Thursday, 23 June 2011

Food, glorious food

'What is the food like?' Seems to be one of the first questions people have asked me since returning. So I thought you may be interested to hear a typical days food, it is no where near as bad as I was expecting.

Breakfast - normally at the Convent.
This would normally comprise of bread (this so called bread was really just white cardboard) and butter. The bread was so bad Rhea, Leo and I decided to spend £7 on a jar of Marmite to disguise the taste, £7 is a lot of a jar of Marmite but I think the girls would agree, it was well worth it. There was tea and coffee for the people who like that sort of thing, made with powered milk. Not one person mastered how to make a cuppa without the milk going lumpy! Sometimes, very exciting times, pancakes were served - hoooooray!!

Eating at the Convent with Rhea, Leo, Abby and Judith
 Chai (tea break at school)
At Chai there was chai and freshly made fruit juice to drink. There was always a hard boiled egg each and a mundarzi (? I have no idea how to spell this word so I've spelt it phonetically). Mundarzi is like doughnuts, the Vocational class used to make them for us and to sell to the other students. We ate them dipped in sugar- very healthy! The children received bread and chai, some bought food from outside of the school grounds, sometimes this was their first meal of the day.

Lunch normally was fruit salad, much to the hate of Rhea and Leo. One day, when I had taken my malaria tablet before I went to bed the night before, I felt really sick. So sick I had to leave the Nursery for fear of being ill over a small, innocent child. I mentioned this to Matilda, the Mama who looks after us, and she insisted on getting me chips. They did the trick- honestly chips are good for you! For a few days after we had chips everyday until we decided that if I ever wanted to fit into the bridesmaid dress eating chips was not the way forward so we returned to fruit.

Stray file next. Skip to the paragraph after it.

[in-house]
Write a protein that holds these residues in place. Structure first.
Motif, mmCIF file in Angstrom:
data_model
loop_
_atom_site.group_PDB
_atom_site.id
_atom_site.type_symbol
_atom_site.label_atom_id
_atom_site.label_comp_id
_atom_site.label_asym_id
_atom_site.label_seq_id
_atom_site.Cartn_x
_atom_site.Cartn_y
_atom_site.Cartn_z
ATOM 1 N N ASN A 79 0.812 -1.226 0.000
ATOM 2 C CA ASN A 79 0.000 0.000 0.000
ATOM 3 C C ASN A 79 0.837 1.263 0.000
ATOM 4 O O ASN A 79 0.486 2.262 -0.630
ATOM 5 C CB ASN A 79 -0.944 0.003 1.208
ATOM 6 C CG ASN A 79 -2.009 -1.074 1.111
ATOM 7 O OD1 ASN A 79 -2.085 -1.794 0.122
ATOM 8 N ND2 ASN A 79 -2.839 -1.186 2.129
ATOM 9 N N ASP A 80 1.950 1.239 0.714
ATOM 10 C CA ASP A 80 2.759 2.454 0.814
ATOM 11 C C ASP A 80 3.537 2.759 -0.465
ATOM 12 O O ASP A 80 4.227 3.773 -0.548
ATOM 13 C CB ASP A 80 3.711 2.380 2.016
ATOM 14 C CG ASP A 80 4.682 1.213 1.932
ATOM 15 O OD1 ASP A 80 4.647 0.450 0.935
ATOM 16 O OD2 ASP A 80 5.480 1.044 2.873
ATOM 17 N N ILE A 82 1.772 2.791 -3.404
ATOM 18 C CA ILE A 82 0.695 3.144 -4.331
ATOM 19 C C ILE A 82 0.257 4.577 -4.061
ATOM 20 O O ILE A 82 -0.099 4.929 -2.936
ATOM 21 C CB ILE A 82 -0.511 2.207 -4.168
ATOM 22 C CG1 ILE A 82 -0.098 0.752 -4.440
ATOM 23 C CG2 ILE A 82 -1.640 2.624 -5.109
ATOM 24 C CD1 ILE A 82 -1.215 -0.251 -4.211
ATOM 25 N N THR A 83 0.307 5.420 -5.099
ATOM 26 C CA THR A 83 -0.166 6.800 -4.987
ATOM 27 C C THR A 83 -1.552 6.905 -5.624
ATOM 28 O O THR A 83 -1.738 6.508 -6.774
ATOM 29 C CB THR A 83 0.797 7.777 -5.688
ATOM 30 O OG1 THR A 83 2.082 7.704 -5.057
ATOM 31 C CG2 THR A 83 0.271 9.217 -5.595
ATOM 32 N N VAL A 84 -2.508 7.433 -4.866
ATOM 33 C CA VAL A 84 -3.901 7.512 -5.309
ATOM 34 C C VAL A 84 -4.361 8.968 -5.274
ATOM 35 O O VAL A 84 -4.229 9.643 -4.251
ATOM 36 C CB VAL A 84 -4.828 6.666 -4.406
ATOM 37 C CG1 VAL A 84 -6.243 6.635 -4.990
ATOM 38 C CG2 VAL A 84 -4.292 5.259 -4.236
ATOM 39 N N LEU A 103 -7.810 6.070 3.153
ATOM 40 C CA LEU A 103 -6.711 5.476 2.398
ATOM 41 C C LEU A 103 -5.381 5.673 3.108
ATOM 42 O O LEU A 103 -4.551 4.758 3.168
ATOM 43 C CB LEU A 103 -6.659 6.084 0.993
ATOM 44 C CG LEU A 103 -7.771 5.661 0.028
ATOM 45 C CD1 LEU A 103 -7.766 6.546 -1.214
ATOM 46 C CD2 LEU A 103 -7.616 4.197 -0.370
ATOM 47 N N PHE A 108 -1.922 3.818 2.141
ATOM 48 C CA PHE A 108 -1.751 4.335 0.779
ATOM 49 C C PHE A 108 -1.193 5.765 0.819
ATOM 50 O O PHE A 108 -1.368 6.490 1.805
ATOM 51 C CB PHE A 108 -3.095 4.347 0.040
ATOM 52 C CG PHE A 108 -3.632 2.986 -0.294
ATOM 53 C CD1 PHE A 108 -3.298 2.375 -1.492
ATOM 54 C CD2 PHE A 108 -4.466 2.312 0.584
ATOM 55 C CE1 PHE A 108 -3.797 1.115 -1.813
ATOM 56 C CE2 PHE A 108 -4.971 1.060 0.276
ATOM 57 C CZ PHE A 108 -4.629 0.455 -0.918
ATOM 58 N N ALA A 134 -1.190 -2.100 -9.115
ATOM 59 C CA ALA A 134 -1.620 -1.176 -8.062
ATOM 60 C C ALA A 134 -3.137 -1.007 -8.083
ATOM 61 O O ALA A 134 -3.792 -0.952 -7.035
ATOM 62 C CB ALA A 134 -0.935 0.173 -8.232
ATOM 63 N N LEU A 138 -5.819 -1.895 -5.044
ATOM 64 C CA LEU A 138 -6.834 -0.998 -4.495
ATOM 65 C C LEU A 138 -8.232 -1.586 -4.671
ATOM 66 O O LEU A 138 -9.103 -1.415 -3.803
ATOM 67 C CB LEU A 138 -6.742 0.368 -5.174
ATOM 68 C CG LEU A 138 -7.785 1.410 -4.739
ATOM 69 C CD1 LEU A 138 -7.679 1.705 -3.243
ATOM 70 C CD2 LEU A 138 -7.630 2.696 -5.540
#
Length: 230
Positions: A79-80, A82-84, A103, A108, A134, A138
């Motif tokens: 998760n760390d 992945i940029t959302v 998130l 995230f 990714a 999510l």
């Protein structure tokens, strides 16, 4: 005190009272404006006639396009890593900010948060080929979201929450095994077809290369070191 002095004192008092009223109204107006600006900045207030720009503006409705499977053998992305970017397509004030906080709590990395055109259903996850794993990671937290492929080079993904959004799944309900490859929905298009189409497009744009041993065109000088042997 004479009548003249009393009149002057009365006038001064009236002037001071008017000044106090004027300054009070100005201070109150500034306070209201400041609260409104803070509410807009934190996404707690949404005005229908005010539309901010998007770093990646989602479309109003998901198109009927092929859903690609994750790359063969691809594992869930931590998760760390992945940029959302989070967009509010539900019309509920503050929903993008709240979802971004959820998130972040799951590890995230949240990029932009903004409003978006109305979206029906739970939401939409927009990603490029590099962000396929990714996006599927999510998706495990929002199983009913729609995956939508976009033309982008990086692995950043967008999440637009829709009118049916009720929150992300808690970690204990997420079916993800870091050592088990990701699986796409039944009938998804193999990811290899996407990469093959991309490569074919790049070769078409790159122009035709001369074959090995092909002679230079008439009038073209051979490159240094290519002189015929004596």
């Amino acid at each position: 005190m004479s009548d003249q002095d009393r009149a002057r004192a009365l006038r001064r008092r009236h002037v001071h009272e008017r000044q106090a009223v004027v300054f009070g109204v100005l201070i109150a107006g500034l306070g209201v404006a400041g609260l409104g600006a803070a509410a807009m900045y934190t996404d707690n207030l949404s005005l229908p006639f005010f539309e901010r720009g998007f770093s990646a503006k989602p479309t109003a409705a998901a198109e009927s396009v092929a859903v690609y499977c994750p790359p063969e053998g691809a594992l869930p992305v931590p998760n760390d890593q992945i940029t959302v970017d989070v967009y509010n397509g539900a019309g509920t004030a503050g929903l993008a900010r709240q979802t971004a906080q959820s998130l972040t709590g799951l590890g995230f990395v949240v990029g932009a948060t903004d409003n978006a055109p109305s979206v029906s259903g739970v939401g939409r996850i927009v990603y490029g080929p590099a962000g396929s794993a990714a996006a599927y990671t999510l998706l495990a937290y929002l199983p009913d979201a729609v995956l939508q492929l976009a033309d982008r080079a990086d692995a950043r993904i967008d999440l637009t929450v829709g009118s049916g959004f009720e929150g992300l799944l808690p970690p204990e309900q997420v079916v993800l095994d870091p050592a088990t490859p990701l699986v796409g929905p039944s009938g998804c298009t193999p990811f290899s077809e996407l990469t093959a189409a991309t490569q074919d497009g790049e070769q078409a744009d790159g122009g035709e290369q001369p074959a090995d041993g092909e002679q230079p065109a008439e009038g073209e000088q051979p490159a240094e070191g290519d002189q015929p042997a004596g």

Dinner (At the Convent)
Dinner always had rice, meat which varied and included the skinniest chicken in the world, something we think was beef but could have been goat, fish or liver. There was a vegetable, grown by the Nuns, we mainly had delicious minty peas or cabbage and a sauce. It was all really tasty and ample food. For pudding there was often fruit or, sometimes, pancakes. We learn that the African people tend not to separate their meals so would eat the fruit or pancakes the same time as their main course. They all thought we were mad eating pancakes on their own covered in sugar. We went to one of the teacher's house a couple of times for dinner that was very similar.
Typical food, including water melon with the meal. The chip looking things is fried banana.
 Sometimes we ate out in restaurants when we were craving certain food, very similar things available as over here, Chinese, Indian, Italian. Of course when we stayed with Alison and Neville we ate like Kings, Neville is an incredible cook and would cater to our ever need, a lovely lamb dinner after discussing who my Mum's lamb roast dinner is my favourite food and even baked beans on toast when I was homesick and wanted comfort food. This earned him the title of Chef.

The children's lunch and evening meal was the same everyday. They had rice/ ugarli and beans in a sauce. Ugarli (again not sure on the spelling) is difficult to describe, it's tasteless a bit like rice, looks like really white mashed potato but is stiffer so you can pick it up and scoop the beans. The children ate in the dining hall or outside and some had to share plates and cups. I actually enjoyed ugarli and beans but couldn't eat it everyday but, compared to some children, they are very lucky to be eating three times a day.